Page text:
For some reason, Australia's manager Guus Hiddink started backup keeper Zeljko Kalac over the incumbent Mark Schwarzer here, and I can't figure out why. Neither of Brazil's two goals against Schwarzer were soft. Far be it for me to question the wisdom of Guus, but this move almost turned out to be disastrous for Australia when Croatian midfielder Niko Kovac scored in the 56th minute on a slow roller from out side the box that inexplicably went through the Socceroo keeper. I mean, even Kasey Keller would have made that save. I would expect Schwarzer to start (and lose) against Italy.
- # 3 RM Darijo Srna - Scored from the corner of the box on a great free kick in the 3rd minute, giving Croatia a dream start - and their first goal of the WC.
- # 4 CM Tim Cahill - Consistently started Aussie runs into the Croatian third that the forwards wasted, but was the man who earned a penno that tied it up the first time when his shot was handballed by defender Stjepan Tomas. Centerback Craig Moore, an interesting choice for the honor, converted from the spot.
- # 10 LF Harry Kewell - After missing on so many chances throughout their three games, he finally scored when his country needed him most, nodding down John Aloisi's header with his chest and lifting it over Croatian keeper Stipe Pletikosa's shoulder in the 79th minute.
Uh-oh. The sleeping giant may have gotten woken up. Their attack has gotten progressively better through their three games, although one could argue that the defenses they faced have gotten progressively worse. But it's kind of scary to contemplate that in their seven goals they have six different scorers, and that Ronaldinho's production thus far has been one measly assist (though he's played much better than that). They're back on track as being at the very least co-favorites, along with their South American brothers Argentina, to lift the trophy once again. Their first serious threat should come in the quarters against Spain, after they finish off the Black Stars.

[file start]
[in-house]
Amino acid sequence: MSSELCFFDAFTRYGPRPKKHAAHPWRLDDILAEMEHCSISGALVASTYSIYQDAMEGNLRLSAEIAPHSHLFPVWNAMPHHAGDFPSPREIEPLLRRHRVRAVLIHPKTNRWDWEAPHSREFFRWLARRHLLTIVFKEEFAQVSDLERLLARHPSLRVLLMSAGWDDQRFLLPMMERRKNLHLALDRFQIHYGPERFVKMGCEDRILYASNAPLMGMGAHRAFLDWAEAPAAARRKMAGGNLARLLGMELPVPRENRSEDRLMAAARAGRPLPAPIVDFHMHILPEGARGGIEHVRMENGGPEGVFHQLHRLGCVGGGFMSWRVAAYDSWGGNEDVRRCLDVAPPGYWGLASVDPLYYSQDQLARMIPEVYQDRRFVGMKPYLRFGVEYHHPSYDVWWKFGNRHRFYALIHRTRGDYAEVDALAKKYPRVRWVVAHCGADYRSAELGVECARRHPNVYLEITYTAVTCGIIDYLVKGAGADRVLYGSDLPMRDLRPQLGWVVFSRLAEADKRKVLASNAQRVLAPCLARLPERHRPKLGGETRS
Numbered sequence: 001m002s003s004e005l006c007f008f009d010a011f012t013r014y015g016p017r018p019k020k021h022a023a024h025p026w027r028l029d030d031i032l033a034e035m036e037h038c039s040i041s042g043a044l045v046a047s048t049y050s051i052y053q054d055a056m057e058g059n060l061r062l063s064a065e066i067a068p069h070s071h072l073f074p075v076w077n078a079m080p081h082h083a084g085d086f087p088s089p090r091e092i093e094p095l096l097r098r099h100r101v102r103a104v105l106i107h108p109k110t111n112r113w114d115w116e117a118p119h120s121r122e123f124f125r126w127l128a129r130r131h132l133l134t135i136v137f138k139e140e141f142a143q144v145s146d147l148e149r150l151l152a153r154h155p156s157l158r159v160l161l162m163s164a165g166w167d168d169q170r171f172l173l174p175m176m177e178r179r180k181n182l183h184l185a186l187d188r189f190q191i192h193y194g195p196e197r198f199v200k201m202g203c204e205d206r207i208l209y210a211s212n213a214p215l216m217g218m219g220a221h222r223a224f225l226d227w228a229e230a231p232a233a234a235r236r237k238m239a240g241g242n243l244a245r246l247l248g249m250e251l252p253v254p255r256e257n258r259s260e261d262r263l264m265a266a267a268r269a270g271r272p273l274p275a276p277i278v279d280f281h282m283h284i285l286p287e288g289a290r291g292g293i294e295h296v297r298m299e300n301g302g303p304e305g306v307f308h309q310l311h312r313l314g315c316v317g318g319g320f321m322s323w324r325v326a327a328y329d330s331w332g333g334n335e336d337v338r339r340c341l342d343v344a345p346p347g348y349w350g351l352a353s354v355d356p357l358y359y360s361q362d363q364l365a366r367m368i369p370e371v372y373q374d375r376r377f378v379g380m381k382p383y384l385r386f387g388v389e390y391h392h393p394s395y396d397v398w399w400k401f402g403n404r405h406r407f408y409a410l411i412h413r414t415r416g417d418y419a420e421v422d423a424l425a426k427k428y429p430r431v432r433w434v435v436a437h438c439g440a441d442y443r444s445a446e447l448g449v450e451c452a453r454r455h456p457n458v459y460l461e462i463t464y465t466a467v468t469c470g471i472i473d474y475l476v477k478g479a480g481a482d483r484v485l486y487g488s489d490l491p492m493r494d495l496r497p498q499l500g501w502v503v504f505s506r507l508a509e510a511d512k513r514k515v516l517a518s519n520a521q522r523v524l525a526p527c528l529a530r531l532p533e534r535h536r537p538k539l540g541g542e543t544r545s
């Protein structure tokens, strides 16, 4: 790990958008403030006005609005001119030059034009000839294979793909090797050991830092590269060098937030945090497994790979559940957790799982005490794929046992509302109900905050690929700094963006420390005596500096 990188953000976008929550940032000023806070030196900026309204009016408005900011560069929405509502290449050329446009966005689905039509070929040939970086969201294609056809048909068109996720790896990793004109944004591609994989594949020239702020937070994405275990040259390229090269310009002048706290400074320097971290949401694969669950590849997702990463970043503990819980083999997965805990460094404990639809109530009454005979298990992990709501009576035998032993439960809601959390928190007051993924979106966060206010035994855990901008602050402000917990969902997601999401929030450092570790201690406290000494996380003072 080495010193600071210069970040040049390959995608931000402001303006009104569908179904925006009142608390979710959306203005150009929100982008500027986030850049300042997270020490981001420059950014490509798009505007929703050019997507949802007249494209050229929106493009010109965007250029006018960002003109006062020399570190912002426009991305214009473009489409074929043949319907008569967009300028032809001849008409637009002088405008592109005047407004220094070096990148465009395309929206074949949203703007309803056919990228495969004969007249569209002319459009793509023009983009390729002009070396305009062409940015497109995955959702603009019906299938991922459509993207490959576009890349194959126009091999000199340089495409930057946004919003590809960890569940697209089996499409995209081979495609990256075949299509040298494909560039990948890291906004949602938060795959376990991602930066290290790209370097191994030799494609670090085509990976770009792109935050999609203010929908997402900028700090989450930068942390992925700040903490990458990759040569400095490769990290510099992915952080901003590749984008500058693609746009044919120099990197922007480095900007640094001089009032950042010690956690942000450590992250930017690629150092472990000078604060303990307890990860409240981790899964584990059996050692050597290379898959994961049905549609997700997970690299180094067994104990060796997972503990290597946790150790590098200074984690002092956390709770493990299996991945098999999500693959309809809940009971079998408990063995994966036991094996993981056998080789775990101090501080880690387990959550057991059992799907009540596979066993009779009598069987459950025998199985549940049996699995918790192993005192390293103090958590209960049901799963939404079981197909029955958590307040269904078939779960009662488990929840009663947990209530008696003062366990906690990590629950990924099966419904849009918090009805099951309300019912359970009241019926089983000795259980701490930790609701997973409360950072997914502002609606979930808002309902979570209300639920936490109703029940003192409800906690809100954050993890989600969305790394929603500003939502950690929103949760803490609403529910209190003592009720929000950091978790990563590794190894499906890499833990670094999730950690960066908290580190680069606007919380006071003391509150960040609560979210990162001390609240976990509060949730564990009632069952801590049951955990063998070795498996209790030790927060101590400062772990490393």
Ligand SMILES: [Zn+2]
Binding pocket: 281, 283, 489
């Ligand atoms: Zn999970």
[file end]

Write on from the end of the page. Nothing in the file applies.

One thing I noticed is that the forward tandem of Ronaldo and Robinho was a lot more dangerous than Ronaldo and Adriano the two previous games. Actually, Robinho looked pretty good with Adriano too. I don't think having two big forwards works for them. It's better to have one big and one small quick guy. Also, the offense looked a lot more fluid with Gilberto and Cicinho in as the fullbacks instead of old men (and ballhogs) Roberto Carlos and Cafu. I'm kind of hoping manager Carlos Parreira doesn't figure any of this stuff out.
For Japan, keeper Yoshikatsu Kawaguchi was facing a firing squad, and he would've had to come up with a legendary game to keep Brazil at bay forever. He held the fort for 45 minutes, but once there was a crack, the whole dam burst. Juninho's knuckleball from 30 yards which made the game 2-1 was tricky, but it could've been stopped. What did him in was that Japan needed to win by two goals, so even with an early lead, they couldn't put everyone behind the ball. It probably wouldn't have helped anyway. Japan didn't lose out on the final 16 because of this game. They lost by missing out on five very attainable points against Australia and Croatia.
- # 20 LF Keiji Tamada - Accomplished what not many can claim, giving his country a lead against Brazil. He got it in the 33rd minute, off a left foot strike, set up fittingly by Alessandro Santos, the Brazilian born left back.
- # 10 LM Ronaldinho - The more I see him, the more I appreciate him. Only had the one helper, on LB Gilberto's bender in the 59th minute, but could have easily had a couple more if Ronaldo wasn't wasteful with the chances. He's involved someway in seeming every goal, usually making the secondary or tertiary pass.